Courtesy of Christina Morotto Photography

I'm A Pushover Parent

When we become parents, we dream of all the wonderful things we’ll do for our kids. We think about how we’ll give them the perfect organic lunches every day, and we swear that we’ll never, ever lose our tempers around them. But then, reality humbles us pretty quickly. I never in a million years expected myself to be a pushover parent, but here I am, eight years into motherhood, and I'm letting my kiddos walk all over me — because they know they can. I’m a pushover parent and it’s probably never going to change.

Being a pushover mom means that my mind can be easily changed. It means that I often throw caution to the wind and exchange what we’re “supposed” to be doing for a more fun and unstructured activity. It means that there are many nights when I give into my family's demands that we have Chinese food for dinner instead of the nutritious, organic meal I had planned, just because I don't feel like arguing (or cooking, if we’re being honest). It means that despite my "no sugar" rule, I trudged all over New York City this past weekend to try to get my son that damn unicorn frappuccino at Starbucks. (Unfortunately, it was sold out everywhere.) And it means bending the rules from time to time, just because I don't have the energy to enforce them.

I will always be that mom who gets their kids ice cream after playing at the park and the hugely expensive commemorative cup from the zoo. I will let my son stay up later than he should, or let him finish that game he’s “right in the middle of” on xbox when it’s time for dinner. I will also let him stay late wherever we are, as long as he’s having fun — even if it means being late for something important. I feel that my kids will only be kids once, and I would rather give them memories filled with fun than memories filled with dreariness because they're so used to following rules.

Courtesy of Allison Cooper

I blame a lot of my pushover parent tendencies on the fact that I work so often. I work from home, and more often than not my kids can find me behind my computer, writing. That's where I’m truly the most assertive and confident in all of my decisions. I always know what I want with my clients, and I always leave a paper trail so I know I’m on top of my game.

Because I work so much, I always have my game face on, so I try my hardest to distinguish between work time and the time I spend with my kids. When I'm with my family, I want to be more relaxed than I am when I'm working, which has led me to develop some pushover tendencies. And I’m OK with that.

Courtesy of Allison Cooper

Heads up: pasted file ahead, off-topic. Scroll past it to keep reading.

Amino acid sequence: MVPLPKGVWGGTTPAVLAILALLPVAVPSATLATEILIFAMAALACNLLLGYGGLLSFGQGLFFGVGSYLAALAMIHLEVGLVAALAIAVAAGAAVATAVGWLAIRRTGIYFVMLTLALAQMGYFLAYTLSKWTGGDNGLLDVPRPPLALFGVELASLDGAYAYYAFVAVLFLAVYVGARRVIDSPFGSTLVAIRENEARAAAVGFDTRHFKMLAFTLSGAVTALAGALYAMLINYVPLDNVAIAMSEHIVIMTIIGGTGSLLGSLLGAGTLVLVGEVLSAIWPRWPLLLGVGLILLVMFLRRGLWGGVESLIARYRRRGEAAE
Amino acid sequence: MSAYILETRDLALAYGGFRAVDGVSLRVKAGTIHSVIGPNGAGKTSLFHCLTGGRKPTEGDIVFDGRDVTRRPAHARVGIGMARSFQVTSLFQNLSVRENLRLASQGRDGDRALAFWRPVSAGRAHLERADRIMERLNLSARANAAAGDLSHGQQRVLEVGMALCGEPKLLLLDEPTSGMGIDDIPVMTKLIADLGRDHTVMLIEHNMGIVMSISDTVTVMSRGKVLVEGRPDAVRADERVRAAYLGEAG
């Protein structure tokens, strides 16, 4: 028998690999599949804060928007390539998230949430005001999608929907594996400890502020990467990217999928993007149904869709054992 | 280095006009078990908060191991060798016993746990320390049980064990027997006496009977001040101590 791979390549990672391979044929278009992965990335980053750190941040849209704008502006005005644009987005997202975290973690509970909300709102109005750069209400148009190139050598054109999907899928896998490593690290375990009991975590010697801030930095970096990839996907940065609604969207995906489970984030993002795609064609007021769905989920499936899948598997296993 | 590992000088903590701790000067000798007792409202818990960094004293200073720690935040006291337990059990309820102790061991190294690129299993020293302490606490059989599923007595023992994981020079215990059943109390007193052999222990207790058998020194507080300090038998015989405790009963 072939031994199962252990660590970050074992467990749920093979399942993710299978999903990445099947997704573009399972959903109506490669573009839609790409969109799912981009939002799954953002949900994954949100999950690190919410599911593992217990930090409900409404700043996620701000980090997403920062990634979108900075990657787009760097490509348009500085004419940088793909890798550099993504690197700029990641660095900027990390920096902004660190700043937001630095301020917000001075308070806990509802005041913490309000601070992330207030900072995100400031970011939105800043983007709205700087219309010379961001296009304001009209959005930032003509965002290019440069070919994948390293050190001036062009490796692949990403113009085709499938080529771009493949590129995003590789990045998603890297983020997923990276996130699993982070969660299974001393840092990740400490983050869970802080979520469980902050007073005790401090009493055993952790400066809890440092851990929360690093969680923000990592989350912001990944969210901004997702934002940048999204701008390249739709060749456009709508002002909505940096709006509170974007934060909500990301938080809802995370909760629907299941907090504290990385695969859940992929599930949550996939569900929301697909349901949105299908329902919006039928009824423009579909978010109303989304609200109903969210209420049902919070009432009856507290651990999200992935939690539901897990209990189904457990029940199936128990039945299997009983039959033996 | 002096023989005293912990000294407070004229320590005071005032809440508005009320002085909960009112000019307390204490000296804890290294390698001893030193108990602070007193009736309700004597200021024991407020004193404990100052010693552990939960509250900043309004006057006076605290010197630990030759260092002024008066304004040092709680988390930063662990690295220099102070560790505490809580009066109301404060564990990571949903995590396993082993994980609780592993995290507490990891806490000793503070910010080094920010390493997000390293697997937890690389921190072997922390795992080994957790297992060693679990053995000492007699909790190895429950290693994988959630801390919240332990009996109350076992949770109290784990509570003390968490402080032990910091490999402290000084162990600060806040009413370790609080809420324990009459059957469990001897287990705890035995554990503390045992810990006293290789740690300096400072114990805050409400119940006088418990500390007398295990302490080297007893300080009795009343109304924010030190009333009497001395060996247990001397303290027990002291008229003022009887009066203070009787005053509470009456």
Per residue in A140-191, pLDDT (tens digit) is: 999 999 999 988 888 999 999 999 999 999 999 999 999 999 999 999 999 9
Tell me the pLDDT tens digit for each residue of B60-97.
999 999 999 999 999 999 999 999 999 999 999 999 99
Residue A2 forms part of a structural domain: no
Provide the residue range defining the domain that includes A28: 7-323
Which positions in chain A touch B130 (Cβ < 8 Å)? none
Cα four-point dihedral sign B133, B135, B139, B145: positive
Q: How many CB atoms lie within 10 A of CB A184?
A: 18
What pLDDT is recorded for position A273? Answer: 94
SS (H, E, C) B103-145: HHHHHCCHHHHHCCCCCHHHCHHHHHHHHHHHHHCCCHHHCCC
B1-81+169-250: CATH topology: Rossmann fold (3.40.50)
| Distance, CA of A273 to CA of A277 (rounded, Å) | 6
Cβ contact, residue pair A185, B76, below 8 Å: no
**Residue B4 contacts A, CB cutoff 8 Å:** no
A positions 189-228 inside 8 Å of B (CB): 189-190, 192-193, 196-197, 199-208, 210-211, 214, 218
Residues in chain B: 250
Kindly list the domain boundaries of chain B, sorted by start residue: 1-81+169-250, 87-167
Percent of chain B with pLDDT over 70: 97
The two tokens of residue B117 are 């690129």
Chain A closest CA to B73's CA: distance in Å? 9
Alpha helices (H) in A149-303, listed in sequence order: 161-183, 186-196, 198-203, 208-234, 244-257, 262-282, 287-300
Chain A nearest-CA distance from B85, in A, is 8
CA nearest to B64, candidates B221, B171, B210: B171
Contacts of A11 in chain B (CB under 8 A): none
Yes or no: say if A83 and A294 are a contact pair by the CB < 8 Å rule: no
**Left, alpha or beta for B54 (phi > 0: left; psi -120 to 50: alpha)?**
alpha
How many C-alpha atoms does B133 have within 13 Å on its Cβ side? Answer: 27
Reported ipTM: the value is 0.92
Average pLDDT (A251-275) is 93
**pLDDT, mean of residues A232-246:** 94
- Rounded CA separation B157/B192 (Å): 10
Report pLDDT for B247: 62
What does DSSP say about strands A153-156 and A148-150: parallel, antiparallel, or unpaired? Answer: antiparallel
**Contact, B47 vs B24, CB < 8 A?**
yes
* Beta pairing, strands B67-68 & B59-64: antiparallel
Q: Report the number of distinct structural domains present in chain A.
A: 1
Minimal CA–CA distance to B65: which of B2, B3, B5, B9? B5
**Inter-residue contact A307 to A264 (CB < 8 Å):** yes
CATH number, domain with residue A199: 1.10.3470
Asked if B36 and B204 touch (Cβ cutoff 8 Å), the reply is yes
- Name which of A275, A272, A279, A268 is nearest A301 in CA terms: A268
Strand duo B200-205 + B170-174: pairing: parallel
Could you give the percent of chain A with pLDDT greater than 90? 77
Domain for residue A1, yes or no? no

I’m the mom of a super rambunctious 8-year-old boy and an 8-month-old daughter. For the most part, the baby doesn’t understand what’s going on, so I can't really be a pushover parent to her. My son, however, is another story. He was an only child for years, so he developed something of an "only child syndrome," and I gave into his demands all the time. Now, I want to make sure that he never feels second to his sister, since she needs more of my attention right now, which means I'm probably indulging him more than ever.

All my little guy has to do is flash his handsome grin my way and say something along the lines of, “Come on, mom, you know you want to let us eat pizza for dinner," or "Come on, mom, you know you want to let us stay up late and order movies on demand." I’m wrapped around his finger. He knows it. And I know it.

Courtesy of Allison Cooper

I'm not a pushover parent in every respect. if my son is behind on school work or gets a poor behavior notice from school, I will not stand for that. My son’s expected to be respectful and to help out around the home and do his homework without me having to say so a million times each evening. Those things I won’t stand for.

But for the most part, my husband is the one that my son is scared of. Dad is the disciplinarian, while mom is the one he runs to when dad is finished laying down the law. I could scream at him until I go blue in the face without getting a response, but when daddy comes home he knows that he means business.

Being a mom for eight years so far has taught me one major thing: I want to have an amazing relationship with my children forever, and I really don’t want anything to stand in the way of that. I might not be the best parent in the entire world, but I would much rather have a close relationship with my kids over having a difficult one that stems from being such a disciplinarian all the time.

There are times when being a strict enforcer of rules is necessary, and I get that. If I feel like I’m being completely taken advantage of, that’s when “mean mom” will come out. But in order for her to appear, I really have to be pushed over the edge and he listens at that point, maybe even a little worried, too because he knows he had to have really done something wrong for me to get to this point.

Since for the most part, my son is on top of his shit, “mean mom” doesn’t appear too often. But she still comes out from time to time because just like I’m not the perfect parent, my son isn’t perfect either. While I understand that, I most certainly won’t turn my cheek to bad behavior and I demand respect from my kids at all times — even if I’m the pushover parent.